Welcome to the first post since the blog migrated to its new hosting platform. Theological heresy is something that the Christian Church has always had to be capable of recognising and addressing. For as long as fallible sinful humans are leading church organisations, there is always going to be a scope for different types of beliefs to exist in a doctrinal context. The fact that there are so many denominations and independent non-denominational churches is a clear reflection of this. Some very early divergences that led to heresy were in fact recorded in Old Testament times with many strayings and fallings away in the Israelite population. In the times in which the canon of the New Testament was written there were numerous cited situations. All we can really be certain of doctrinally in the Christian Church today is that the basics of the means of salvation (faith in Jesus Christ) are universally accepted. Beyond that there is a great deal that is divergent and can occasionally lead to charges of heresy, but here we hold that the charges of heresy frequently leveled against churches holding to doctrinally orthodox positions, which are found on numerous “discernment” websites, are unwarranted given there is no clear certainty about how to interpret many passages in the New Testament which different churches have formed different views of. The scope for heresy itself has never really been any different throughout the Christian Church’s storied 2000 year history, but the present age of the 20th and 21st centuries has probably seen more heretical beliefs emerge than any prior time with many of the accepted and generally understood core doctrines of theological orthodoxy coming under sustained pressure. This however is being addressed by newer churches springing up which have taken the place of those that have diverged so that the theopolitical landscape of the Christian Church has shifted significantly.
New Zealand like any democratic country has seen its fair share of that. Like many similar countries, mainline churches were well established in the New Zealand Christian Church sphere from the country’s founding. Most of these stuck to traditional orthodoxy for many decades but particularly in the 20th century the divergence of beliefs began to take hold with the long held beliefs being questioned. At the same time, the development of the Pentecostal church movement in the USA saw its influence become felt in New Zealand and gradually over time these types of churches started to build up and exert a growing level of influence across the Christian Church. There are however notable theopolitical differences between mainline and modern day evangelical-pentecostal churches. Evangelicalism as a whole is something that works across the whole church spectrum in New Zealand, as elsewhere, with evangelically focused movements forming in most of our mainline churches over time, but it is particularly entrenched in the Pentecostal churches movement. Many such churches in term are differently structured and have less open forms of leadership than have often been found in mainline churches. Evangelical-pentecostal churches also tend to align themselves more to the conservative side of secular politics, which as in all churches, is directly influenced by the beliefs of their individual members.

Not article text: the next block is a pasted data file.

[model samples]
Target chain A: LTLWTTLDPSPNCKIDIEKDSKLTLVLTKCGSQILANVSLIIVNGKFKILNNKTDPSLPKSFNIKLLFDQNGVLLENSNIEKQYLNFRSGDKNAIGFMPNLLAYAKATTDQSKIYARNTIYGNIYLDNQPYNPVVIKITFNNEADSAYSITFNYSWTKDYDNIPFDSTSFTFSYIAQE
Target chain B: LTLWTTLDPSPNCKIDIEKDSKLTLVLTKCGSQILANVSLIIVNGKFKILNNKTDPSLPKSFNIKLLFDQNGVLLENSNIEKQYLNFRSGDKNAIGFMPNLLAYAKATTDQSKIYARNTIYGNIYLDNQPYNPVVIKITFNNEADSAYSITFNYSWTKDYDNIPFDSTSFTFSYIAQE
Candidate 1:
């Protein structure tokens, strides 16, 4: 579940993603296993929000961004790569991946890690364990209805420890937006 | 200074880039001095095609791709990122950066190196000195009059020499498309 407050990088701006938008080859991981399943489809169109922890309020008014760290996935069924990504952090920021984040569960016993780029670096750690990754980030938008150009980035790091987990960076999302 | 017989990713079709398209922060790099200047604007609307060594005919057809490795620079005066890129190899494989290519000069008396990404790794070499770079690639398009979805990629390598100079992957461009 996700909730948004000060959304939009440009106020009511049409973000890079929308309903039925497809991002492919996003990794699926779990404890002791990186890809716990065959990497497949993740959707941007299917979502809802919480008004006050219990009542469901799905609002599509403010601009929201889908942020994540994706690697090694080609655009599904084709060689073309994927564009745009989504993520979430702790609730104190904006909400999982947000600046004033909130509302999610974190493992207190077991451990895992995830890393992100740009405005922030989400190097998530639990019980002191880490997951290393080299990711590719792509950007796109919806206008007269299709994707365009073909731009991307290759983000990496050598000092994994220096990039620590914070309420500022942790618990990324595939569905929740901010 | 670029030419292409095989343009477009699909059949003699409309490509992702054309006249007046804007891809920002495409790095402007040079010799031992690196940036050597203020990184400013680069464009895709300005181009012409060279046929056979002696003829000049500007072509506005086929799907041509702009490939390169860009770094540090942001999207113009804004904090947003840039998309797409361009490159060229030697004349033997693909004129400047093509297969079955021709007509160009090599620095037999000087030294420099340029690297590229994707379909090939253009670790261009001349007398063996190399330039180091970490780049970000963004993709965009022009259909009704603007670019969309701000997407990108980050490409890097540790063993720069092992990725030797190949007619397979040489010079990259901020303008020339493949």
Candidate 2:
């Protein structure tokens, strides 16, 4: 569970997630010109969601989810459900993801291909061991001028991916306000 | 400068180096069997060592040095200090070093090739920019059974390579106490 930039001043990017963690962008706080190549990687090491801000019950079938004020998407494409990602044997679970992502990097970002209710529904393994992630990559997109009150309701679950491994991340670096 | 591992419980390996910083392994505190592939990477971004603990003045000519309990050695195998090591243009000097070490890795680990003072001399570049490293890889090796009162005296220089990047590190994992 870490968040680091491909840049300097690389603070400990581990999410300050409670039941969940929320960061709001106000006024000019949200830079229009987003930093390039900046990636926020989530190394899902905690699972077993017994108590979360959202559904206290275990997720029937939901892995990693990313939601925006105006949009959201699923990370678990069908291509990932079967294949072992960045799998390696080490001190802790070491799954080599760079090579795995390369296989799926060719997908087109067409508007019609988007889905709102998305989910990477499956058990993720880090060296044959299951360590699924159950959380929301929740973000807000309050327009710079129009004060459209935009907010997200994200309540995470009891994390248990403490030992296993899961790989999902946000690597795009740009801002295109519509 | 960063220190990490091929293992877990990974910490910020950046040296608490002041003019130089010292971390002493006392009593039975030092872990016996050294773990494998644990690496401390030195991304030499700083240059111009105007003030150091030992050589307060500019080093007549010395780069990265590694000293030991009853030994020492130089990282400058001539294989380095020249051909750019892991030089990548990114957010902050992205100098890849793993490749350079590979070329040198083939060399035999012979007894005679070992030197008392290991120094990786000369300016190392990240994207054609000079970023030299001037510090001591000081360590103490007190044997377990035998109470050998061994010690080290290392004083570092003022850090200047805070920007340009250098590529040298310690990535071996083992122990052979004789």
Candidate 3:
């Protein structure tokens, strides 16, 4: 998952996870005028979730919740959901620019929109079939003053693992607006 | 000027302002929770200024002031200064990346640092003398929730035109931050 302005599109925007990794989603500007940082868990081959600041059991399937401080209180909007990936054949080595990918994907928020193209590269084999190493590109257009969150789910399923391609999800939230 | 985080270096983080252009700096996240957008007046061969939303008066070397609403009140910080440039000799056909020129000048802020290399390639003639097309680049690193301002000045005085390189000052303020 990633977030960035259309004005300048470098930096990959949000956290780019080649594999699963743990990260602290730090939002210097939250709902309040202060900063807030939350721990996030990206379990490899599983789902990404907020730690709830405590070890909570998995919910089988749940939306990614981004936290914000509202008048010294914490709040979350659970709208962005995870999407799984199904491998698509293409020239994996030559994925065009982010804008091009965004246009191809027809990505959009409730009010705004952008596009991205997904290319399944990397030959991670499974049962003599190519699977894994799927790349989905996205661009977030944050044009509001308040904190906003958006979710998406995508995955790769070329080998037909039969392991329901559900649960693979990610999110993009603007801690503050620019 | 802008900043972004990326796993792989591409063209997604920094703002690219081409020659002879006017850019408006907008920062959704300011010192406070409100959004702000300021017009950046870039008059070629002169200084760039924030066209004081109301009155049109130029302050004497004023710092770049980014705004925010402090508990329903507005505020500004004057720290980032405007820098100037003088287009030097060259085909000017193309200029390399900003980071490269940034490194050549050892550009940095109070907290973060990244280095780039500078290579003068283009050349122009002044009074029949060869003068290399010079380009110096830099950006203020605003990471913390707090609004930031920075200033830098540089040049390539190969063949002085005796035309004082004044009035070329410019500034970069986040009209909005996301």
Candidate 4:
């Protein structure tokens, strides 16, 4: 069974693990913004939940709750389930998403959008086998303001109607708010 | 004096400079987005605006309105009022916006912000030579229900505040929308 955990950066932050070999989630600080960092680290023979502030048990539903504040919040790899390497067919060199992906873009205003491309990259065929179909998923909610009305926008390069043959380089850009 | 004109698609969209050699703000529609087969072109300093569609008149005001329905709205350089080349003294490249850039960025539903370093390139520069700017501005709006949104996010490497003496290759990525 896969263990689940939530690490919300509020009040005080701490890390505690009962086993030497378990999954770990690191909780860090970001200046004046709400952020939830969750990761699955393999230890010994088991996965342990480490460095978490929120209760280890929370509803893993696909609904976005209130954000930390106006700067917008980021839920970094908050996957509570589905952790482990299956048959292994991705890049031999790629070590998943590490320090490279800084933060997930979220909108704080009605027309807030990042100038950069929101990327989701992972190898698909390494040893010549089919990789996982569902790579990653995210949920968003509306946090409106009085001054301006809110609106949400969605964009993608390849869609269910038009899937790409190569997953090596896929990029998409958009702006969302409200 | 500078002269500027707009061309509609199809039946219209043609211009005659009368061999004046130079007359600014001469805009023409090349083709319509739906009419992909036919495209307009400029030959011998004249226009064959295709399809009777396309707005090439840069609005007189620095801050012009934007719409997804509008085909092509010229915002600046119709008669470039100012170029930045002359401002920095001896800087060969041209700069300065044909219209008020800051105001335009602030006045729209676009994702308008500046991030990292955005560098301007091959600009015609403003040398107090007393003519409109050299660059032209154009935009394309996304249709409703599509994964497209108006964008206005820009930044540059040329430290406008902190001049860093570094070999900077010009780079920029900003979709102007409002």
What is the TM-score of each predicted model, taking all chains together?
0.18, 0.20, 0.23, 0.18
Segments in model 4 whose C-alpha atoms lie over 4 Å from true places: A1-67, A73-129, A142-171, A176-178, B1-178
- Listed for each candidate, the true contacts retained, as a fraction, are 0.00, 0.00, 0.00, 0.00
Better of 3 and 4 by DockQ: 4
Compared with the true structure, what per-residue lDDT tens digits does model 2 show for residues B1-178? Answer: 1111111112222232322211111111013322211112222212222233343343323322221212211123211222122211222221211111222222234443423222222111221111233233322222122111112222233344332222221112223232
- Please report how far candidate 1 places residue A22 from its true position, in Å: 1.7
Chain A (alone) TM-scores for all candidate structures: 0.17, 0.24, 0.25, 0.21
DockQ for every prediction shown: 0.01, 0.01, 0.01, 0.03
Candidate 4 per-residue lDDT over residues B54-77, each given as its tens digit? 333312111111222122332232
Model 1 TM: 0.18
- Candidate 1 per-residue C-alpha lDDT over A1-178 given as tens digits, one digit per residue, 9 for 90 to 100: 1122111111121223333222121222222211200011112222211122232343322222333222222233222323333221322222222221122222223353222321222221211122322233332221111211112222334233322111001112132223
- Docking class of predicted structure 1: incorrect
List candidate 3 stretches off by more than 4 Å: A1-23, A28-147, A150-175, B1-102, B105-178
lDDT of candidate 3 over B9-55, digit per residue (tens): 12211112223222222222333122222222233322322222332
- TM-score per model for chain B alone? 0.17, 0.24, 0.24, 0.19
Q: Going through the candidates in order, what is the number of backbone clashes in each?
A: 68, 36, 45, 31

In the earlier development of New Zealand, mainline churches held a great deal of sway in the development of community-oriented social service ministries throughout the country, and the growth of these over time was possible because of the numerical strength of these churches and the acceptance of a wide diversity in the political beliefs of their members, resulting in some notable theopolitical allegiances being formed, especially in the full century prior to the writing of this article. Naturally the key issue for theopolitics is which factor has the upper hand, and positionings of this type have therefore proved controversial over time. It cannot be overlooked, however, that the influence of traditional mainline churches has been substantial and is still evidenced across the community. As more heresies have taken hold, however, resulting in the departure of many members of hitherto orthodox mainline churches, many of these community social services have faltered (for clarity, the conventional definition of mainline churches is that they are Protestant in nature, so the Catholic Church is excluded from this discussion). The result has been an exodus of mainline church organisations from these services over time.